Bulimia Nervosa is characterized by repeated binge eating followed by compensatory behaviors. People perform forced vomiting, excessive exercise, or extreme use of laxatives or diuretics for compensation of overeating. Unlike anorexia nervosa, people with bulimia nervosa usually maintain what is considered a healthy or relatively normal weight. Bulimia patients suffer from the fear of weight gain and feel severely unhappy with their body size and shape. The binge-eating and purging cycle is typically done in secret, creating feelings of shame, guilt, and lack of control. This can have injuring effects, such as gastrointestinal problems, severe dehydration, and heart difficulties resulting from an electrolyte imbalance. Individuals suffering from Binge Eating Disorder frequently lose control over their eating. Due to this people suffering from this disease are obese and at an increased risk of developing cardiovascular disease. Some of the symptoms include chronically inflamed and sore throat, swollen salivary glands in the neck and jaw area, worn tooth enamel and increasingly sensitive and decaying teeth as a result of exposure to stomach acid, acid reflux disorder and other gastrointestinal problems, intestinal distress and irritation from laxative abuse, severe dehydration from purging of fluids, electrolyte imbalance (too low or too high levels of sodium, calcium, potassium and other minerals) which can lead to stroke or heart attack.

In binge-eating disorder, people lose control over eating. It is the most common eating disorder in the U.S. Unlike bulimia nervosa, periods of binge-eating are not followed by purging, excessive exercise, or fasting. As a result, people with binge-eating disorder often are overweight or obese.  Some of the symptoms include eating unusually large amounts of food in a specific amount of time, eating in spite of not feeling hungry, eating fast during binge episodes, eating until full, eating alone or in secret to avoid embarrassment, feeling distressed, ashamed, or guilty about eating, frequently dieting, possibly without weight loss Out of the three types binge eating disorder and bulimia are followed by anorexia in terms of its occurrence.

According to Research eating disorders are caused by a complex interaction of genetic, biological, behavioral, psychological, and social factors. Researchers are using the latest technology and science to better understand eating disorders. They are working to identify DNA variations that are linked to the increased risk of developing eating disorders. Eating disorders run in families. Brain imaging studies are also providing a better understanding of eating disorders. For example, researchers have found differences in patterns of brain activity in women with eating disorders in comparison with healthy women. This kind of research can help guide the development of new means of diagnosis and treatment of eating disorders.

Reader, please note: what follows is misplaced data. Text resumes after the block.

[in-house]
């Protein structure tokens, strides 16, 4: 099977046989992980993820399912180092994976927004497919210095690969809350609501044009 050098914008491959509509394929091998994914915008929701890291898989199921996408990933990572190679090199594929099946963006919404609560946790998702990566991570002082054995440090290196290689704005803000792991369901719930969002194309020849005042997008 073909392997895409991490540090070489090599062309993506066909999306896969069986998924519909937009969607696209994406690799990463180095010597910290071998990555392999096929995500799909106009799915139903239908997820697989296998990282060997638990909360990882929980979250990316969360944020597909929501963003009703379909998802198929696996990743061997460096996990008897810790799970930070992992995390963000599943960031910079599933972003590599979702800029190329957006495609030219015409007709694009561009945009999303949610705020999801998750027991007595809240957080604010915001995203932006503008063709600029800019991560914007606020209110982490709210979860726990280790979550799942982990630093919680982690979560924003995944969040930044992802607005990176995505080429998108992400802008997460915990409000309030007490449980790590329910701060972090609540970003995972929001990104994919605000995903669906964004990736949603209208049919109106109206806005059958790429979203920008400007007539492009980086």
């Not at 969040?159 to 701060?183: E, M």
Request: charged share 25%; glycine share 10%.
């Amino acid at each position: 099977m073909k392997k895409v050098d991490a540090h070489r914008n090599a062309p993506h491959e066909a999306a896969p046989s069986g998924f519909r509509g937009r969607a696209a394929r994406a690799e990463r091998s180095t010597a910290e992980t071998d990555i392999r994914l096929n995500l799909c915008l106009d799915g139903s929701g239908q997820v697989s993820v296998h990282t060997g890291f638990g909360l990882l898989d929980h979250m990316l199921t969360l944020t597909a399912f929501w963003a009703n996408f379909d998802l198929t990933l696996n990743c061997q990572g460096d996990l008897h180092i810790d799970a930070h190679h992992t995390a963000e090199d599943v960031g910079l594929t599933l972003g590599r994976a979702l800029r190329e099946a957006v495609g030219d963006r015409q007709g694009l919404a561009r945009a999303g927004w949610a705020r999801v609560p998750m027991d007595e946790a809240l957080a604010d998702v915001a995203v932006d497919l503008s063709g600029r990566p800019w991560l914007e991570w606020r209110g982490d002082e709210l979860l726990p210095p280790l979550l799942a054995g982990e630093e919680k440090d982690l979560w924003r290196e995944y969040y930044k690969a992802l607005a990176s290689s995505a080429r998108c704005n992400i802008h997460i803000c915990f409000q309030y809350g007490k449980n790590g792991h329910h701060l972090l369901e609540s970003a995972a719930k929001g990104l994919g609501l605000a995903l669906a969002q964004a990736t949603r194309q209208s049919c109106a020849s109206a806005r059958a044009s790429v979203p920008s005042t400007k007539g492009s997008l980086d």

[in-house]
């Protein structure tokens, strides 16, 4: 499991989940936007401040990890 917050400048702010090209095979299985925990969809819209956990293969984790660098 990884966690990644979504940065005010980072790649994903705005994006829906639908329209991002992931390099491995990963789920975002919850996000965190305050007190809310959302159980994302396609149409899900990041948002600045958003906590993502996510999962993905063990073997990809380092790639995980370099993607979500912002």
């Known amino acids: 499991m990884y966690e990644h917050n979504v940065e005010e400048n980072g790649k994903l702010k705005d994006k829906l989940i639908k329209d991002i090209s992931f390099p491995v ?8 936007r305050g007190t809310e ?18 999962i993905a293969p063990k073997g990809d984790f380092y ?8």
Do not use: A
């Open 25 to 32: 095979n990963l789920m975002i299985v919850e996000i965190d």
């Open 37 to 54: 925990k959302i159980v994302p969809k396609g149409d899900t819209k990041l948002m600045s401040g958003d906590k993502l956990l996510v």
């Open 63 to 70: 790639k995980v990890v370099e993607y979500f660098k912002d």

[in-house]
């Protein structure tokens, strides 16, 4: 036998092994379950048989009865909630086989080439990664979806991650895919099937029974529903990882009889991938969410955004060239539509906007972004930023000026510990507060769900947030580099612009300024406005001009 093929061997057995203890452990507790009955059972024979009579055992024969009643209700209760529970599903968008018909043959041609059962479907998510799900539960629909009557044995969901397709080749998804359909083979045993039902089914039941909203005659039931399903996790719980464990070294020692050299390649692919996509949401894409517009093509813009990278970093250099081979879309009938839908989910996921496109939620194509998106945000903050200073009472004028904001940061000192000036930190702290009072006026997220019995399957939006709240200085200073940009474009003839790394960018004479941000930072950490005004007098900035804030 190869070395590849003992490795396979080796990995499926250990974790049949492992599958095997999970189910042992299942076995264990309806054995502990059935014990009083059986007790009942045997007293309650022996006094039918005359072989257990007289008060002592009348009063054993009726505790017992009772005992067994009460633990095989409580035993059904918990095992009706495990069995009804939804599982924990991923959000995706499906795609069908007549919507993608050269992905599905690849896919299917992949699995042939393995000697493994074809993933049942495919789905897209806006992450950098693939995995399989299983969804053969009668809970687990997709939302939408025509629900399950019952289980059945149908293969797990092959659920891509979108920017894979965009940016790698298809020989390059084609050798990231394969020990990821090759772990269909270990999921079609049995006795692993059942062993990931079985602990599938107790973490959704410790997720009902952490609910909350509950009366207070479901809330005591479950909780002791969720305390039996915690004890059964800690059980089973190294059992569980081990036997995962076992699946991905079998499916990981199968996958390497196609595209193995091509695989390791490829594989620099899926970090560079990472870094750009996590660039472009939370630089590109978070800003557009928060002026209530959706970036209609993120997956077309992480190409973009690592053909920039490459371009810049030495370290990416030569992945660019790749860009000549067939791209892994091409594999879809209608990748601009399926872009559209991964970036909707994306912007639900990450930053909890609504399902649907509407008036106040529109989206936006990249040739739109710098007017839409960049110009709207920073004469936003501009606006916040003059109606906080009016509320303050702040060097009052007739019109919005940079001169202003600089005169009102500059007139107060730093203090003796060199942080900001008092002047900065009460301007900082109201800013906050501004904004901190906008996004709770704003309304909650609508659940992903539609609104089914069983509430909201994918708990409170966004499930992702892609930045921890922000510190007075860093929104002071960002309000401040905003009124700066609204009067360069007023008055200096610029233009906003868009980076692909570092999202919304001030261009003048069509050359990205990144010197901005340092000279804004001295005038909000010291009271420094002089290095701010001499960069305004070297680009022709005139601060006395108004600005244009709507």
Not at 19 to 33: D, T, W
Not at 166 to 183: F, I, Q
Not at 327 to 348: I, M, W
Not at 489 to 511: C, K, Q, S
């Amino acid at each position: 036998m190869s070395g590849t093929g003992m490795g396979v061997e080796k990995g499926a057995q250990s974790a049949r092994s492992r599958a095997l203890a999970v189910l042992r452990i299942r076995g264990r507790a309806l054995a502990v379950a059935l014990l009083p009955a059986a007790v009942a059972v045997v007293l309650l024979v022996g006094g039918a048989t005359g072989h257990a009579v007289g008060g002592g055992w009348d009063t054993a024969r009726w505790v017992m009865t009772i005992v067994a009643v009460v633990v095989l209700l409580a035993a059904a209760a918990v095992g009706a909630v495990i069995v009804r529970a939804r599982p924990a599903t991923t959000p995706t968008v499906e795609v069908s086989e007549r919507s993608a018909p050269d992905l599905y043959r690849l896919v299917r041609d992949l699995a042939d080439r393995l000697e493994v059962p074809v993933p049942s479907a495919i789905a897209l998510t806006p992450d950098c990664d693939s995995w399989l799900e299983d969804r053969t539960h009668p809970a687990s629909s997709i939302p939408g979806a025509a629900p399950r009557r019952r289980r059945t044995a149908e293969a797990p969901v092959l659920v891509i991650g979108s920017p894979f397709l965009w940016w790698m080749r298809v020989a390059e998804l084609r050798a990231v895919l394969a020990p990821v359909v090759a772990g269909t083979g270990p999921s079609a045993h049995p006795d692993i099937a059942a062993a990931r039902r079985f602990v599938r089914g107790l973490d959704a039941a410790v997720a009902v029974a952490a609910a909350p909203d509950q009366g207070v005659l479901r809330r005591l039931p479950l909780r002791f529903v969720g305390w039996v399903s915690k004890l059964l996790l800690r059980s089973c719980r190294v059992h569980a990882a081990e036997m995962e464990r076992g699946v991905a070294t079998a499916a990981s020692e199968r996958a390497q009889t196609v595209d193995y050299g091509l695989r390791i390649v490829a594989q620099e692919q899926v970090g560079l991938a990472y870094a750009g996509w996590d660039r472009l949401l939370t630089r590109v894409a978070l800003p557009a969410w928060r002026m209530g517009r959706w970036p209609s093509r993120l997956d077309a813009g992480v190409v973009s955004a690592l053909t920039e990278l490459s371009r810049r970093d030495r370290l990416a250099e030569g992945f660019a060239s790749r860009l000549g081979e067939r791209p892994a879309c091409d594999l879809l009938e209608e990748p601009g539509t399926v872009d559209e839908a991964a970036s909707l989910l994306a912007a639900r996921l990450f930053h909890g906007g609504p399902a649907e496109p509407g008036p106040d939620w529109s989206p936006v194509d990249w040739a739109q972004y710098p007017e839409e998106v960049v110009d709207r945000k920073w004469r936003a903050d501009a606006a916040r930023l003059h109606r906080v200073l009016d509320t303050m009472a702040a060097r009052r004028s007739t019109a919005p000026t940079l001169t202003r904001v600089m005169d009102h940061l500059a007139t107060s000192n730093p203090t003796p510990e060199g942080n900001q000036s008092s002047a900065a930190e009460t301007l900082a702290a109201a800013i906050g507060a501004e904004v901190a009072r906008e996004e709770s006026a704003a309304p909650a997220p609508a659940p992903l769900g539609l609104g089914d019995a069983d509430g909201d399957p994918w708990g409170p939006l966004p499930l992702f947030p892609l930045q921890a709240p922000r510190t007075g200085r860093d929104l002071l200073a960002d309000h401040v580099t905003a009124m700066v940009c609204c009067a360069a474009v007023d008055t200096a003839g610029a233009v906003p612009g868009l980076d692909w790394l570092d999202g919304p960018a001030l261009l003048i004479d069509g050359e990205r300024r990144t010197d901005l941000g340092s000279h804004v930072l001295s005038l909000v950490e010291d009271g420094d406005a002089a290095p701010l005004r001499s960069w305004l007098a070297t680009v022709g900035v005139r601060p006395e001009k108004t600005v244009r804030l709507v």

Adequate nutrition, reducing excessive exercise, and stopping purging behaviors are the foundations of the treatment of eating disorders. Treatment plans are tailored according to individual needs of the patients and may include individual, group, and/or family psychotherapy, medical care and monitoring, nutritional counseling, and medications. Psychotherapies are performed and they are family-based therapy called the Maudsley approach. In this approach parents of adolescents with anorexia nervosa take full responsibility for feeding their child. Cognitive behavioral therapy (CBT), a type of psychotherapy is performed to reduce or eliminate binge-eating and purging behaviors. It is taught to the person how to identify distorted or unhelpful thinking patterns and recognize and change inaccurate beliefs. Therapy is fundamental treatment as it teaches an individual to recover and heal from traumatic life events and learn healthier coping skills and methods for expressing emotions, communicating and maintaining healthy relationships.

Some evidence suggests the use of medications such as antidepressants, antipsychotics, or mood stabilizers approved by the U.S. Food and Drug Administration (FDA) to be effective. They have been found to be helpful for treating eating disorders and other co-occurring illnesses such as anxiety or depression. The biggest concern in the treatment of eating disorders is addressing any health issues that may have been a consequence of eating disordered behaviors.